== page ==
After the independence of Nyassaland (renamed Malawi) and Northern Rhodesia (Zambia), Smith received an empty hand from his voters to negotiate the future of Rhodesia through a referendum, through the support of the great tribal leaders, and then through the total victory of the Rhodesian Front in the general election of March 7, 1965.
But negotiations with the British government stalled. In order to avoid the independence imposed by London, the colonial government took the initiative on November 11, 1965 to declare its independence unilaterally (Unilateral Declaration of Independence - UDI).
The British government not only declared the UDI illegal, but also the dissolution of the Rhodesian government and the direct resumption of control of the administration of its colony by the Governor General. However, his decisions had no effect within the borders of Rhodesia. The UK then turned to the UN and advocated "impunity" economic sanctions. At the United Nations, successive resolutions condemned the IDU and called on governments not to recognize the new state. The Security Council passed the first resolution imposing binding sanctions in 1968, but some states such as South Africa, Portugal, Israel and the United States took non-binding measures to circumvent these sanctions.
The Republic of Rhodesia (1970-1979)
On March 3, 1970, the Republic of Rhodesia was proclaimed along the lines of the Westminster parliamentary regime. Because the electoral criteria were very strict, in 1970 only 8,000 Africans (out of 5 million) were eligible to vote to elect 16 black MPs, while 82,300 whites (out of 256,000 Rhodesians) elected 50 white MPs. This civic injustice was reflected in the geographical distribution of the territory, where 7% of whites owned 49% of the land. The remaining 92 percent of the population (blacks) shared 51 percent of the land as "indigenous reserves". Black liberation movements were banned and their leaders were regularly detained.
The United Nations continued to organize the international isolation of Rhodesia, but many states and international companies have discreetly circumvented the sanctions. The richness of the Rhodesian underground in rare metals was useful for western industry.
In 1971, an agreement on the status of the territory appeared to have been reached between Great Britain and Rhodesia. This project envisaged the gradual reduction of racial segregation to its complete abolition, the rapid extension of the franchise to Africans and their gradual participation in the political affairs of the country. In January 1972 a royal commission examined whether the project had the approval of the entire population of Rhodesia. In her report, she replied in the negative, noting that 98% of the white population, like almost all tribal leaders, was opposed to the project by the vast majority of blacks. Then he was buried.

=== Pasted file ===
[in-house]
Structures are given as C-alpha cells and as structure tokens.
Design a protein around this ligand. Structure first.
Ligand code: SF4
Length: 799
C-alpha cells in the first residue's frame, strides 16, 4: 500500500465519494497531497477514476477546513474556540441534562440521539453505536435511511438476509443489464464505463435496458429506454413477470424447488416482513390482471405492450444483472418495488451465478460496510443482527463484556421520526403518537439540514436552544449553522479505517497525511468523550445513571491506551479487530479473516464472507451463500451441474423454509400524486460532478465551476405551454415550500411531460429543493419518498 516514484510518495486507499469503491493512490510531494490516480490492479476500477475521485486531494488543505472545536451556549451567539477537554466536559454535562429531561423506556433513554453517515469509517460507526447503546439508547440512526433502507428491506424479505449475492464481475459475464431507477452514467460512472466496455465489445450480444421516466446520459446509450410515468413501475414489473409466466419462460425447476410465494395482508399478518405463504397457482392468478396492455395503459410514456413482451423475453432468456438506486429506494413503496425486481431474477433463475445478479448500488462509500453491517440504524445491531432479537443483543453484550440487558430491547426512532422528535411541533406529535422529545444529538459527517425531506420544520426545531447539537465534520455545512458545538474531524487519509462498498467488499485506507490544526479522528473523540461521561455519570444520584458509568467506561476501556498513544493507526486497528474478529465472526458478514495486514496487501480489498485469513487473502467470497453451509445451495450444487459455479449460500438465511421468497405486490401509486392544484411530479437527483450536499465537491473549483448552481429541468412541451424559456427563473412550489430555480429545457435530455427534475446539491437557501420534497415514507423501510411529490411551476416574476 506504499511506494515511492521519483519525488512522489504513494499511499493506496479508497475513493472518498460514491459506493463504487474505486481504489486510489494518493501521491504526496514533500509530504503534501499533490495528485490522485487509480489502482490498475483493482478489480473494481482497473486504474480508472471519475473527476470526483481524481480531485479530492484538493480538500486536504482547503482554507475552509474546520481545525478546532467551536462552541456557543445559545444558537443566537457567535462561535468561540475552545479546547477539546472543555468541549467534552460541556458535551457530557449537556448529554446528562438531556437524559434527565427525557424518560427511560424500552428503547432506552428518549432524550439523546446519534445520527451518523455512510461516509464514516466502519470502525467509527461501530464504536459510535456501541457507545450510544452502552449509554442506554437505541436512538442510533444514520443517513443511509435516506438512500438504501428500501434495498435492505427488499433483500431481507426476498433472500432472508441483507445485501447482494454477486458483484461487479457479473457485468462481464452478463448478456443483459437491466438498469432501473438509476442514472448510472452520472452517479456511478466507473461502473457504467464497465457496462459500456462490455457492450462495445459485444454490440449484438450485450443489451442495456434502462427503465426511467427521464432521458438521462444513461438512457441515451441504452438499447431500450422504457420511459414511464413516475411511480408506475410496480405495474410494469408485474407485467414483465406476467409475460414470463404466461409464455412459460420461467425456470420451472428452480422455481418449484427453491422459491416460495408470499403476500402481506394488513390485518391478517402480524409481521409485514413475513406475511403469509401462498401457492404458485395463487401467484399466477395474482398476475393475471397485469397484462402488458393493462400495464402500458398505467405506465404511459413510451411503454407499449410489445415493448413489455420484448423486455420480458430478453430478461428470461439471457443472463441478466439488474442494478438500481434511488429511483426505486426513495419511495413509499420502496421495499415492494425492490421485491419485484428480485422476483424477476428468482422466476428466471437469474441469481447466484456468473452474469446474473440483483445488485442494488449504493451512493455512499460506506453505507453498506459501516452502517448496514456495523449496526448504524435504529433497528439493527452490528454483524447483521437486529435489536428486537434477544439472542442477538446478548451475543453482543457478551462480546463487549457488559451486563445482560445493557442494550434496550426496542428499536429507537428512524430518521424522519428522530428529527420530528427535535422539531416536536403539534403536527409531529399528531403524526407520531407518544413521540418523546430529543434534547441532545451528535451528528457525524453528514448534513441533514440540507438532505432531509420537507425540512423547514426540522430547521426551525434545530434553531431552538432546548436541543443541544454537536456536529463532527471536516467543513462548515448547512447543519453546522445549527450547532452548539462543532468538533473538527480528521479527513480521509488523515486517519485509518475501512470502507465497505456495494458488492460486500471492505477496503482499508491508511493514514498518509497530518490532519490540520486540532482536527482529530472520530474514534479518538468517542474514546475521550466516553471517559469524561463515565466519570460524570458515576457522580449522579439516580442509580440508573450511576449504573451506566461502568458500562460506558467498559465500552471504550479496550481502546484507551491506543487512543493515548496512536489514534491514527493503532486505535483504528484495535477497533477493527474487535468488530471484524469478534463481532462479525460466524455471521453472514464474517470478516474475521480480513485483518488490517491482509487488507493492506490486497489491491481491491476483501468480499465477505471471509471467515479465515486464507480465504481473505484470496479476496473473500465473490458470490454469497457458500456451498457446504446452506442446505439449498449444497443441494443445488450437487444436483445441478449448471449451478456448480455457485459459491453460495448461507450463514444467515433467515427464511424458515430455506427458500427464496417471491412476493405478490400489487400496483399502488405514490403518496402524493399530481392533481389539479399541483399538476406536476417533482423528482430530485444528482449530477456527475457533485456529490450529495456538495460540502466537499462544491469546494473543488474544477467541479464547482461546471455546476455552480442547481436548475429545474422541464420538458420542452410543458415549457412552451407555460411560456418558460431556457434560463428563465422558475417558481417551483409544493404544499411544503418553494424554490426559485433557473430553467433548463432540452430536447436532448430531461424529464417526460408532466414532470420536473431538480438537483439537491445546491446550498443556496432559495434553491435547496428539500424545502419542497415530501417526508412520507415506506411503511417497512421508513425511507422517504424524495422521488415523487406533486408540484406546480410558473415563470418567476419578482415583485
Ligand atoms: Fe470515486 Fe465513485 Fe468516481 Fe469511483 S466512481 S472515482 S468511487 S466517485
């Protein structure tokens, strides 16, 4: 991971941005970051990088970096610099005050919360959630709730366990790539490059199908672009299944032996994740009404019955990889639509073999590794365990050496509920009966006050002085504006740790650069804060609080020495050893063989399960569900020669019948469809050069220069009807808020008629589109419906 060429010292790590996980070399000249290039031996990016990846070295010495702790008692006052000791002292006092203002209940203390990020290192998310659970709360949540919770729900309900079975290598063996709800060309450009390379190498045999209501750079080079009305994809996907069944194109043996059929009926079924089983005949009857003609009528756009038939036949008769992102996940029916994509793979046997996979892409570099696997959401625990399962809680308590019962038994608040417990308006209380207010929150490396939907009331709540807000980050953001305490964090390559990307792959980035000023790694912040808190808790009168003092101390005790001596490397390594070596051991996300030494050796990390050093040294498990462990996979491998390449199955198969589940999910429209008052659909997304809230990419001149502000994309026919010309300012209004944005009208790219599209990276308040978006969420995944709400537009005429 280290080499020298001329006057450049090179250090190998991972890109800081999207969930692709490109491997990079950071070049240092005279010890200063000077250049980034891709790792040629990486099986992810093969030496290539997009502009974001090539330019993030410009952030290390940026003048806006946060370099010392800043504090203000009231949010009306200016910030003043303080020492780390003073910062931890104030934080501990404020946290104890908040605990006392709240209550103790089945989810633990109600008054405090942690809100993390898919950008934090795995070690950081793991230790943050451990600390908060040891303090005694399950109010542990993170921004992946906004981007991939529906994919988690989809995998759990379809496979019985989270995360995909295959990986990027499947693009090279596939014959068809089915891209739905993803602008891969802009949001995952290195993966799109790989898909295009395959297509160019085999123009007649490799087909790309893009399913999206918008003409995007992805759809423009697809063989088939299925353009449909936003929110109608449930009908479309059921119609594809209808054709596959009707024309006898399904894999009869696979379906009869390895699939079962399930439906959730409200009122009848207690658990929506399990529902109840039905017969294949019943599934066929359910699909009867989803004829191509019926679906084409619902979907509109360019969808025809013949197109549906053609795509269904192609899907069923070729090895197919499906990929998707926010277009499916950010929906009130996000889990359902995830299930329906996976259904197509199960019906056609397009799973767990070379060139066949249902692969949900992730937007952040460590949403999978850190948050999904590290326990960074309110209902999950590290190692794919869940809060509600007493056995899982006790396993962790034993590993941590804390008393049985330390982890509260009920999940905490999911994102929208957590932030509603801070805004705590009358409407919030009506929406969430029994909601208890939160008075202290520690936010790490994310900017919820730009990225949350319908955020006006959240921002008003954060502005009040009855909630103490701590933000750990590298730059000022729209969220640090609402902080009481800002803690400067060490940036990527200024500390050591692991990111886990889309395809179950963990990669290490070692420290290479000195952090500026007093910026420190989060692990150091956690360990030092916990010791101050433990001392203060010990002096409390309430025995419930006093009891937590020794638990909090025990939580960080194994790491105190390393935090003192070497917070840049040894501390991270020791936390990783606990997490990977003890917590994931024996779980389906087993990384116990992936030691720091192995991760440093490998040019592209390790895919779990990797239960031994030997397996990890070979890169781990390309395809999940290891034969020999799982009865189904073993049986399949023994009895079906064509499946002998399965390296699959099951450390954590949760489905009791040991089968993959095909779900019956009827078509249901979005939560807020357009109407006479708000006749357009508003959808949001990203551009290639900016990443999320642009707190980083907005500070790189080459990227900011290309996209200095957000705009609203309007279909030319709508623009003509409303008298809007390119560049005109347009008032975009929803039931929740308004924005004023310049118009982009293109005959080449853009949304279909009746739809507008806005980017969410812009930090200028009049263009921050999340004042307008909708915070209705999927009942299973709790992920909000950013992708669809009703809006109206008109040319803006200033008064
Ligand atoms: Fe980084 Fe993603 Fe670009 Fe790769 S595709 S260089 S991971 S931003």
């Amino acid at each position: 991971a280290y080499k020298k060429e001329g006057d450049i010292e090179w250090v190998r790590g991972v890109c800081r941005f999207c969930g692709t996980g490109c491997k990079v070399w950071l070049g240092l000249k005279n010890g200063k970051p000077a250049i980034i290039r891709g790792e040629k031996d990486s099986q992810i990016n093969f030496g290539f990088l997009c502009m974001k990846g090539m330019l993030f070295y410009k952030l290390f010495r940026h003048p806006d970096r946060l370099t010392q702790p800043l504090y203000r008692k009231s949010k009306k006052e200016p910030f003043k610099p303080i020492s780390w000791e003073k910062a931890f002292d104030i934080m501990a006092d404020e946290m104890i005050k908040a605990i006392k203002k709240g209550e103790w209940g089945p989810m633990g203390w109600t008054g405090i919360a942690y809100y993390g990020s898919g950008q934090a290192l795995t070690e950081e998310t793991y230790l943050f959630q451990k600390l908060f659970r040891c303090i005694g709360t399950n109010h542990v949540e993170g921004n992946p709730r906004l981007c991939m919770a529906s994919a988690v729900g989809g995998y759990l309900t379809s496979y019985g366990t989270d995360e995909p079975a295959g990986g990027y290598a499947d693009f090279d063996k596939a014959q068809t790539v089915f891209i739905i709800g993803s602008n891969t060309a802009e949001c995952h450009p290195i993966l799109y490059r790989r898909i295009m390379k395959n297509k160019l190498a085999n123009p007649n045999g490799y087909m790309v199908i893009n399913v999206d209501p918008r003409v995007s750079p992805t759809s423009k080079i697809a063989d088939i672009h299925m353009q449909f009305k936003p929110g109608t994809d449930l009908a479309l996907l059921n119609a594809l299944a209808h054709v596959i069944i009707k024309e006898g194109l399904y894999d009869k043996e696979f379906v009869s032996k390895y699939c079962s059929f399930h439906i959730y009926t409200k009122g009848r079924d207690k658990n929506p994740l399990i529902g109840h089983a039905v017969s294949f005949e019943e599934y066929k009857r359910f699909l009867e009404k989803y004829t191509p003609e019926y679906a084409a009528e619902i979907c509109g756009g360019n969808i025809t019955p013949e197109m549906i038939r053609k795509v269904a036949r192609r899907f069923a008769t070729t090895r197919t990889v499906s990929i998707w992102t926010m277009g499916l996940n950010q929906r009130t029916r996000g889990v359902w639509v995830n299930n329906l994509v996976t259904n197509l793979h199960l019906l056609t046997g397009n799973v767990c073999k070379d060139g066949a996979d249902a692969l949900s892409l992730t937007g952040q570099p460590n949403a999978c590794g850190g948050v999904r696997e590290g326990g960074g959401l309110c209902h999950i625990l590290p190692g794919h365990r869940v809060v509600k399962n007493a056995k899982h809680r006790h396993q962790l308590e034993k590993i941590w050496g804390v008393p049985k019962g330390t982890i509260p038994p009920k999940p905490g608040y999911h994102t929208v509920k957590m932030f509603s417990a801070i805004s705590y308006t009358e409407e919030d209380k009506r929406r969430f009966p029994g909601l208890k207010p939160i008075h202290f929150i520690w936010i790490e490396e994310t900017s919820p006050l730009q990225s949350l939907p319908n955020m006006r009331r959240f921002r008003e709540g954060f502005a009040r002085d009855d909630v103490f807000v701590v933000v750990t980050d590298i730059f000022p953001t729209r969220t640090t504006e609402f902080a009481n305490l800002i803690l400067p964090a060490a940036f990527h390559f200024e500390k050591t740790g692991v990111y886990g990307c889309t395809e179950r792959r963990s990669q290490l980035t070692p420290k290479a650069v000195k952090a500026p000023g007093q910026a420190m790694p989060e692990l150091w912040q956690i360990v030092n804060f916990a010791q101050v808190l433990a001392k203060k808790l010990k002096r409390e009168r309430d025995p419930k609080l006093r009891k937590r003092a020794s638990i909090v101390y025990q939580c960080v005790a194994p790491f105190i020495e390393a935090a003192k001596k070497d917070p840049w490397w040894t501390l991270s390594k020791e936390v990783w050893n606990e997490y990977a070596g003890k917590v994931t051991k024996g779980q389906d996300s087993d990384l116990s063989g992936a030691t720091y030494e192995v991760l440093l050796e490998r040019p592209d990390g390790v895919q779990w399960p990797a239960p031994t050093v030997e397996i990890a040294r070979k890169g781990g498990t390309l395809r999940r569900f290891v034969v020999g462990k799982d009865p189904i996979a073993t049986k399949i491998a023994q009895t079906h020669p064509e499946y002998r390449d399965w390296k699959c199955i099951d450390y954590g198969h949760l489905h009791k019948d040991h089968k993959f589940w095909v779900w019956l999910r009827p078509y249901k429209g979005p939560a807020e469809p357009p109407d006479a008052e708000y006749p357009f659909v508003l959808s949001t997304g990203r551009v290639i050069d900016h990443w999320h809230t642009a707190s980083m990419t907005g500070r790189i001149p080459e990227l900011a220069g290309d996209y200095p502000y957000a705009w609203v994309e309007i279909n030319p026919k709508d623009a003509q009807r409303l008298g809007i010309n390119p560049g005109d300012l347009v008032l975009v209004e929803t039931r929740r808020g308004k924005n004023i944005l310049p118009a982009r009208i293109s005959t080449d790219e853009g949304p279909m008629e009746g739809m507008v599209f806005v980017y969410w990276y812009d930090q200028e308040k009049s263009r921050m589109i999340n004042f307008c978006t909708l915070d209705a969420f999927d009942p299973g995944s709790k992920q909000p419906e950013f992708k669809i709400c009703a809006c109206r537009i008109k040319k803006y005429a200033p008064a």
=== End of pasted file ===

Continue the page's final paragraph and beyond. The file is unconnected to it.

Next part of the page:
On August 25, 1975, John Vorster, Prime Minister of South Africa, and Kenneth Kaunda, President of Zambia, began a joint summit between Ian Smith and the black leaders of the guerrilla movements, whose struggle had intensified since 1972. The meeting took place in a South African car on a bridge over Victoria Falls on the border between Zambia and Rhodesia. After nine hours of conversation, this conference between Smith, Abel Muzorewa, Joshua Nkomo, the Reverend Ndabaningi Sitholé and Robert Mugabe ended in failure.
In 1976 Vorster, supported by the United States, with concern for the political development of Angola and Mozambique, two former independent Portuguese colonies, undertook since the previous year to convince Smith to compromise with moderate black nationalists. This compromise resulted in the Salisbury Accords of March 3, 1978, signed between Ian Smith and three moderate African leaders. On March 21, 1978, Rhodesia's first multiracial government was formed with an executive council of signatories to the agreement.